4 UX Principles I Learned at the Waterpark
A few weeks ago, I took my kiddos to Typhoon Texas—one of the best waterparks in the state, just outside of Houston.
It was my first time there. I was floored. Typhoon Texas is a supremely well-oiled machine that can teach Web designers (like me) a thing or two about crafting a smart user experience (UX).
At the food stalls and gift shops, there is practically no wait—and not because people aren't buying, but because the park has made the sales process seamless. Each guest wears a simple bracelet, embedded with an RFID (radio frequency) chip that's linked to the guest's credit card. No more running back to a locker for money. Simply wave your bracelet above the sensor, and boom, you're on your way.
Evan Barnett (Typhoon Texas' General Manager) and Ty Weitzel (Director of Operations) explain that the park even tracks, in real time, where guests are spending money throughout the park—thus allowing them to deploy additional staff where and when it's needed. This improves the guest experience by ensuring a consistent staff-to-guest ratio and ensuring that whatever the guests wants to buy is readily and easily available.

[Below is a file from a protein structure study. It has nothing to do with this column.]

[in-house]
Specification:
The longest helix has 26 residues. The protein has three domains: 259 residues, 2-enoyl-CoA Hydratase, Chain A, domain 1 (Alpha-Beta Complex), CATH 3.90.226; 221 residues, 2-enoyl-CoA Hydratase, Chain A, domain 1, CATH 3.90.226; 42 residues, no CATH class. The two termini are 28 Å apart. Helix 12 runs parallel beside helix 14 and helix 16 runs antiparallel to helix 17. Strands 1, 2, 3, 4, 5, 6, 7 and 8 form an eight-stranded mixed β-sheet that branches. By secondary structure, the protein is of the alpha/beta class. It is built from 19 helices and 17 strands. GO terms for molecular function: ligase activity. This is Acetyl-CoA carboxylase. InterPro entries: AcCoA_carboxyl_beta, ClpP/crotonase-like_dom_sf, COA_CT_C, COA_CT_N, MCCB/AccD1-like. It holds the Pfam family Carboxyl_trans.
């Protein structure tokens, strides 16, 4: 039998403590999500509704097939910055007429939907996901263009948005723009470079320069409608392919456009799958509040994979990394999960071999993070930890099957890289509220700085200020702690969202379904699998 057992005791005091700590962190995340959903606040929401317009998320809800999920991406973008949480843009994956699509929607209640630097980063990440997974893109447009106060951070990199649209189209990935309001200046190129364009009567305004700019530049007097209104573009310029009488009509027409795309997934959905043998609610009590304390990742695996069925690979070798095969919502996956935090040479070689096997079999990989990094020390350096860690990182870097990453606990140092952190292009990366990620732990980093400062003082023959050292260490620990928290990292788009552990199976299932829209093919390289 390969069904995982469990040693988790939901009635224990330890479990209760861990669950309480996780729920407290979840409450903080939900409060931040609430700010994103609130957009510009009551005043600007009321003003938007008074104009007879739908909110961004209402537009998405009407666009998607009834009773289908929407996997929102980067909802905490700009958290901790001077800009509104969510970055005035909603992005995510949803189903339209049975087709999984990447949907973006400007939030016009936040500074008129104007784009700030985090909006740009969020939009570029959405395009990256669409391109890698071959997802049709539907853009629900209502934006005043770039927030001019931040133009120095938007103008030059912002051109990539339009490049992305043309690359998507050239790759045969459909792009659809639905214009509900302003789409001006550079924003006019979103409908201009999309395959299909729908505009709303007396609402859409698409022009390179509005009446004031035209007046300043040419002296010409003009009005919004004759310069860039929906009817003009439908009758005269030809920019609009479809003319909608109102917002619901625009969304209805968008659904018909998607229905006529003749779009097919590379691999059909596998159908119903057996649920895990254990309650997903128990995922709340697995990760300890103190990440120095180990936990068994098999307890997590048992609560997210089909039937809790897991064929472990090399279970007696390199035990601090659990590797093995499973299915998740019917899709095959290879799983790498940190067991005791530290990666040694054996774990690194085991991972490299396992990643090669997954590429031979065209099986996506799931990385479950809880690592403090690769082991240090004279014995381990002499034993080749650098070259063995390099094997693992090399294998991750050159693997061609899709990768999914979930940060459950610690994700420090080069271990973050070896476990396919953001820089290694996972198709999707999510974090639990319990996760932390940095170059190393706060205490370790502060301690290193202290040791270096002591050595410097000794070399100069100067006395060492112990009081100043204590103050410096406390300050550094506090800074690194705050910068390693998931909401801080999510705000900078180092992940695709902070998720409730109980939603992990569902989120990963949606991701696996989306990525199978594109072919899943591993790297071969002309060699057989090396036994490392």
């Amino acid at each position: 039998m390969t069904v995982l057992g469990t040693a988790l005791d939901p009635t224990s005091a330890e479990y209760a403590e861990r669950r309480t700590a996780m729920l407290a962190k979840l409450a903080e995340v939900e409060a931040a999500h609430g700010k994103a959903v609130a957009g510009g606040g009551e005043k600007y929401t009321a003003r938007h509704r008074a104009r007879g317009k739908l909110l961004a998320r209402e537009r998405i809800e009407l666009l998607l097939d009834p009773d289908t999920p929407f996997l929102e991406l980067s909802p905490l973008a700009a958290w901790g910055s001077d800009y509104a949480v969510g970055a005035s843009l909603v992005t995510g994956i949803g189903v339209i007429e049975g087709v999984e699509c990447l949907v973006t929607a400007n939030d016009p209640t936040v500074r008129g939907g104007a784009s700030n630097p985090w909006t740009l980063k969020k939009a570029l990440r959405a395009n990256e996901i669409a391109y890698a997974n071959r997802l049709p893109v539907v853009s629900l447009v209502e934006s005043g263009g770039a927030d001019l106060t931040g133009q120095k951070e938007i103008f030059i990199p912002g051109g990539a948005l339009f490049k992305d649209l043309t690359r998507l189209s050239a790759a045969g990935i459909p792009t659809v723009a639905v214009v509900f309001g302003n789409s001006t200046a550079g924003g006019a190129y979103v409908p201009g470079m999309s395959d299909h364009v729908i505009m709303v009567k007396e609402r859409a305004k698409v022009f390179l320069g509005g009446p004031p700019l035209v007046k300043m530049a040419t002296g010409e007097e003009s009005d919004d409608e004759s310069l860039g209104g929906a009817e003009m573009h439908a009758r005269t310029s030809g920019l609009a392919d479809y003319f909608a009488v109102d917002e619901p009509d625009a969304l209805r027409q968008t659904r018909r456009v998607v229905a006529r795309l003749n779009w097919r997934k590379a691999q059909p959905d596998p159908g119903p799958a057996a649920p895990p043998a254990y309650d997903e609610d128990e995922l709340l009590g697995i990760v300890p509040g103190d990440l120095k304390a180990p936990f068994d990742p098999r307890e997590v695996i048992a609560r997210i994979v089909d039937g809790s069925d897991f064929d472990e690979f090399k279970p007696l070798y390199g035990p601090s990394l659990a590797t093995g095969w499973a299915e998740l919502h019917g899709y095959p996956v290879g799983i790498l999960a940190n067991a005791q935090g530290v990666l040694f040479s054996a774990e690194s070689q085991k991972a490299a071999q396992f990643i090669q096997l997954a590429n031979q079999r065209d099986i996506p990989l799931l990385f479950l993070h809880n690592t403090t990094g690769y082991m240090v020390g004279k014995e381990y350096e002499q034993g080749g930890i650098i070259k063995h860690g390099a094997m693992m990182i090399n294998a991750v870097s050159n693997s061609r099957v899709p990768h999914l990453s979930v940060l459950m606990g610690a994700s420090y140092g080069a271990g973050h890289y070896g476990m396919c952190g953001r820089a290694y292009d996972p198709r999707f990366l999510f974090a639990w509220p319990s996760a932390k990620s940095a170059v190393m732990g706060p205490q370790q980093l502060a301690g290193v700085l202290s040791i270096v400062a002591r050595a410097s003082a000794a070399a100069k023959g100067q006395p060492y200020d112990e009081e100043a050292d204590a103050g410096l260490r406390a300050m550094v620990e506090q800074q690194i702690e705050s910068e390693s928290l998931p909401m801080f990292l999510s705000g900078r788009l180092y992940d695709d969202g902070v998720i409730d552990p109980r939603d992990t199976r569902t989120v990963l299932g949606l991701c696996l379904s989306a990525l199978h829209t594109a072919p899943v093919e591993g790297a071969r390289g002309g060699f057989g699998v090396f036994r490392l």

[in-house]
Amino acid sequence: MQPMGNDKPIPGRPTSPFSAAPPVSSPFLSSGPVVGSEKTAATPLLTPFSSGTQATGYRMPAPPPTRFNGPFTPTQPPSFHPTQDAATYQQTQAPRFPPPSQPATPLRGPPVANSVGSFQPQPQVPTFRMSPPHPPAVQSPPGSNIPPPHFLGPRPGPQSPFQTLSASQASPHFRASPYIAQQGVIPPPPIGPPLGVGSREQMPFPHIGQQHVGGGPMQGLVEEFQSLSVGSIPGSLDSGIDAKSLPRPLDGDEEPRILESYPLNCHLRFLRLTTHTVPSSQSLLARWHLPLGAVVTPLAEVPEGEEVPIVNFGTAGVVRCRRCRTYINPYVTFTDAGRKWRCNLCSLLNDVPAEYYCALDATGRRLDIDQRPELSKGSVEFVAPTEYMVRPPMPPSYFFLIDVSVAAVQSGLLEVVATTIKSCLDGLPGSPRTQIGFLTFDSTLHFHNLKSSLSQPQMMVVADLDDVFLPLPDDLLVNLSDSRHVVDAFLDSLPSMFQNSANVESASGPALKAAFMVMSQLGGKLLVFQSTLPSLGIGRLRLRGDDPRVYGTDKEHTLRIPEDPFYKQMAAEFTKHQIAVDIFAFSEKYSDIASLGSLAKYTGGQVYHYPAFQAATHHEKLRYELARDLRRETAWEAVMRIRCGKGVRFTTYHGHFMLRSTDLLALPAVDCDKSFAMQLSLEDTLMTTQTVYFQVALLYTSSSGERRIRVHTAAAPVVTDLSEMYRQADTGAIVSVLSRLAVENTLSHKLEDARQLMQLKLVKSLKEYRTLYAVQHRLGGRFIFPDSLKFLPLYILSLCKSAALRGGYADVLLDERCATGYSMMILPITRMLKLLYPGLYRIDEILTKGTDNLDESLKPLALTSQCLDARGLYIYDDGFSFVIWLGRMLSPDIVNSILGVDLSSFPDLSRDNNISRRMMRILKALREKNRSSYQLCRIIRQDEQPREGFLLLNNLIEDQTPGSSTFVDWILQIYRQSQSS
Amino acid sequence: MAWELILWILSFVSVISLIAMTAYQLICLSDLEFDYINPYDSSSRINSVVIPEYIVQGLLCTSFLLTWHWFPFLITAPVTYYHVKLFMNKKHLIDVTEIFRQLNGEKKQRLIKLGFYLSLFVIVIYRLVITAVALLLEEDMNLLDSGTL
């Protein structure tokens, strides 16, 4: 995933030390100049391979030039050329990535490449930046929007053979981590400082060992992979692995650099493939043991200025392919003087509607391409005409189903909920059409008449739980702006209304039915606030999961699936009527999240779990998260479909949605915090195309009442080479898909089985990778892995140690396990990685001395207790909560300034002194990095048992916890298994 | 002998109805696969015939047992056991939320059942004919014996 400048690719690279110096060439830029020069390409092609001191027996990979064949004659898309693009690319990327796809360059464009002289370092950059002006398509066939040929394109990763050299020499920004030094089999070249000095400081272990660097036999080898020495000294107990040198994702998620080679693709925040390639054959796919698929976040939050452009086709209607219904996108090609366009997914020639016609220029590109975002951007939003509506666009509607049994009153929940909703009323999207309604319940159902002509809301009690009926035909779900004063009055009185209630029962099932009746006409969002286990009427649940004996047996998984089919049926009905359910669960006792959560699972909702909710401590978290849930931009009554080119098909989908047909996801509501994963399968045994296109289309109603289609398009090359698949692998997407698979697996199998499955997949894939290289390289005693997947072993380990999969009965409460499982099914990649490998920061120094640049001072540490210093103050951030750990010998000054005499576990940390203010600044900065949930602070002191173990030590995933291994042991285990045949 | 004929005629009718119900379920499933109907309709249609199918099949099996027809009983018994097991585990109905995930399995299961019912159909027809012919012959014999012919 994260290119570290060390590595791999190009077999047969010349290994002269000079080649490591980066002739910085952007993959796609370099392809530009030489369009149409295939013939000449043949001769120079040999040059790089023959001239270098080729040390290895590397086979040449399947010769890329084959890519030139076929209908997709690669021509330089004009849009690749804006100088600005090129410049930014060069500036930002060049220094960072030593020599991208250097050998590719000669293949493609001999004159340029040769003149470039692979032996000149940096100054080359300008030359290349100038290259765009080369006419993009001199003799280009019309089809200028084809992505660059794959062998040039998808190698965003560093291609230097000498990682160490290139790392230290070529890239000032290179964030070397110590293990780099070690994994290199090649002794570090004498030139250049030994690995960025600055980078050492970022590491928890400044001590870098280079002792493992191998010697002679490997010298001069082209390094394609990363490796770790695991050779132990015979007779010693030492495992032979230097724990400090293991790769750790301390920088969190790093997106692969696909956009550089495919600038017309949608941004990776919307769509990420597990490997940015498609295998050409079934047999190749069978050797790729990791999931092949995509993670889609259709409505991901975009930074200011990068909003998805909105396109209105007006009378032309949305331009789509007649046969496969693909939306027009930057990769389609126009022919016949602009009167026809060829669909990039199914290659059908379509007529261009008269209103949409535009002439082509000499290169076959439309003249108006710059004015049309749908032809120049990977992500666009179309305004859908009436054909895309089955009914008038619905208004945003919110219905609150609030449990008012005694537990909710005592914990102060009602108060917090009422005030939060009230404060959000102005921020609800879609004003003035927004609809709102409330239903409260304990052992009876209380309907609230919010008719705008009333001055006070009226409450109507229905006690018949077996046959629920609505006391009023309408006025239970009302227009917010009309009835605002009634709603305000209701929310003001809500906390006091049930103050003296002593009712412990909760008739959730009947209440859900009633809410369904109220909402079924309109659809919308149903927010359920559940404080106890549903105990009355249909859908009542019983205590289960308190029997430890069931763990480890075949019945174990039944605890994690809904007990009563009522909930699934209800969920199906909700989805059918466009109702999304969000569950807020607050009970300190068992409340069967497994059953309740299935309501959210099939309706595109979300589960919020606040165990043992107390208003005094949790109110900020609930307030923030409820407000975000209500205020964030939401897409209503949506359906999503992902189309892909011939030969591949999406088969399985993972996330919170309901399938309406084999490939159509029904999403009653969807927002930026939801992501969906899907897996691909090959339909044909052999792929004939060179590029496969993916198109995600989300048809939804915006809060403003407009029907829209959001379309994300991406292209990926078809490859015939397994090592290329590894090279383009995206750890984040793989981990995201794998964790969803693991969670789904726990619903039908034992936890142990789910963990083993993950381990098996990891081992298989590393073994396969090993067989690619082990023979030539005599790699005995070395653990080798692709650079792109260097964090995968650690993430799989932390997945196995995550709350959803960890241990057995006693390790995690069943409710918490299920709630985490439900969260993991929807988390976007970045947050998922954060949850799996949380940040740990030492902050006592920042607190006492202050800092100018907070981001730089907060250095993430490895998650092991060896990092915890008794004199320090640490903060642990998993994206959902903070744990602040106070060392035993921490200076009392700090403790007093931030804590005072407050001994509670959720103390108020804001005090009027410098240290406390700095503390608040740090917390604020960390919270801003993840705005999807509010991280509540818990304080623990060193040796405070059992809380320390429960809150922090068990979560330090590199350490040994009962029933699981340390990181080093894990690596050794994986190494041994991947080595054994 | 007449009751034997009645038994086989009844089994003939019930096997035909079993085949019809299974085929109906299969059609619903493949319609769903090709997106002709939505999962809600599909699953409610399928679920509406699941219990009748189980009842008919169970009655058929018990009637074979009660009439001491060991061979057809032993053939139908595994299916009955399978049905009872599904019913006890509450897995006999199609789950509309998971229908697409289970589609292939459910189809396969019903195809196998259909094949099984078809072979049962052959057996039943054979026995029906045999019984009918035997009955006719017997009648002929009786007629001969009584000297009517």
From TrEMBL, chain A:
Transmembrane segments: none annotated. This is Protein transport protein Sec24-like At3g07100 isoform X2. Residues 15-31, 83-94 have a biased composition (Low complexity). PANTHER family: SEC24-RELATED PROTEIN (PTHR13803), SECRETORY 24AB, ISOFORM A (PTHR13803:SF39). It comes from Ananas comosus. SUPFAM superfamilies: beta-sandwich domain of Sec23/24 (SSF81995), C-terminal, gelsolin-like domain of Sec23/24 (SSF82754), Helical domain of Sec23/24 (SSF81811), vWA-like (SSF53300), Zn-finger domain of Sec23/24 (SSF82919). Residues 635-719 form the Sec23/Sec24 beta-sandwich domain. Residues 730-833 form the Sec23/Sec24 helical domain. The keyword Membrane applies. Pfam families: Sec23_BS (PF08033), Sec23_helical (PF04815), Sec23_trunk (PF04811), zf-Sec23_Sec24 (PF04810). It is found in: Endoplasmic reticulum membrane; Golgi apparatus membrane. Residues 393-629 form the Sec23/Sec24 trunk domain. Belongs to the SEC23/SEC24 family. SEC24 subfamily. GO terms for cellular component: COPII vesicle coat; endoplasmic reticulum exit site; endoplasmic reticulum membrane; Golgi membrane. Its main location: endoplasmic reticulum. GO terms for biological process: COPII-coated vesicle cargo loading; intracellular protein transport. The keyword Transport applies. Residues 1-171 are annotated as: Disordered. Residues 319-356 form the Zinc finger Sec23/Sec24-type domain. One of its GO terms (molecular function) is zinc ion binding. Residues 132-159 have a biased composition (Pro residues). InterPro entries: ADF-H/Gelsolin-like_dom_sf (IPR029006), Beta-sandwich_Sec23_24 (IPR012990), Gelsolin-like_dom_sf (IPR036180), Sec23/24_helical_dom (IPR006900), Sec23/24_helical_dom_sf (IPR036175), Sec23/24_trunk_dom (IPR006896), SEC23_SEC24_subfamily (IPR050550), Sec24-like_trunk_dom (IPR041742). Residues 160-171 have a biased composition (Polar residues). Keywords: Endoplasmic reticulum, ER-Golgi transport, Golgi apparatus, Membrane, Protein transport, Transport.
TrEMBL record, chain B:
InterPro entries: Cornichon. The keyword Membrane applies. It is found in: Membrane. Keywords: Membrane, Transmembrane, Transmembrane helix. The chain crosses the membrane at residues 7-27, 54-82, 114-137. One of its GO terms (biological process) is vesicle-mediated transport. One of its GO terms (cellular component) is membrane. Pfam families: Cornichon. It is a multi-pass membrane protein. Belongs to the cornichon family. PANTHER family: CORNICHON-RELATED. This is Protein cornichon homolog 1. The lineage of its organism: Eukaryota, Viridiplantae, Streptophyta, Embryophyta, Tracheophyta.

Typhoon Texas is always attempting to anticipate their guests' needs.
Three More Examples
- The park has installed shade sails to ensure guests waiting for a ride don't melt in the Texas sun.
- They've laid "water walkways" so your bare feet don't burn on baking concrete.
- They've divided the park into different areas based on age, so everyone has a place to safely play.
So how does all this apply to user experience (UX) design? (And how did I expense my family vacation as "professional development"? J/K!)
1. The park has removed friction from the guest experience.
The waterpark's RFID wristbands make purchasing as easy as possible for its customers.
Similarly, Web designers place important calls-to-action (CTAs) front and center—or wherever users are most likely to encounter them. Web users want to find their desired information quickly and digest it in a way that is understandable (and probably a little entertaining).
But what about delivering Web content that users don't even know they don't know? How do we help them "discover" information they didn't realize they wanted without causing friction?
Often, we use a "bite, snack, meal" approach to this common challenge. The idea is: If we can get users to take a bite of content, it's much easier to convince them to travel a bit deeper into your site (the "snack"). And if we really surprise and delight them, they'll go for the full meal (usually some sort of interaction).
But if we overwhelm them with content too early—if we make them feel like the website is gonna be work to use—they'll leave your site in a blink.
2. The park tracks its users' behavior.
Using sophisticated technology, Typhoon Texas keeps a close eye on its guests' behavior:
- Which food counters are growing in popularity? Which are being ignored?
- Which gift shops are running out of floaties? When will they need to be restocked?
- Which rides are experiencing long lines?
Answering these questions—and dozens of others—helps people like Evan and Ty make both short - and long-term improvements to the park.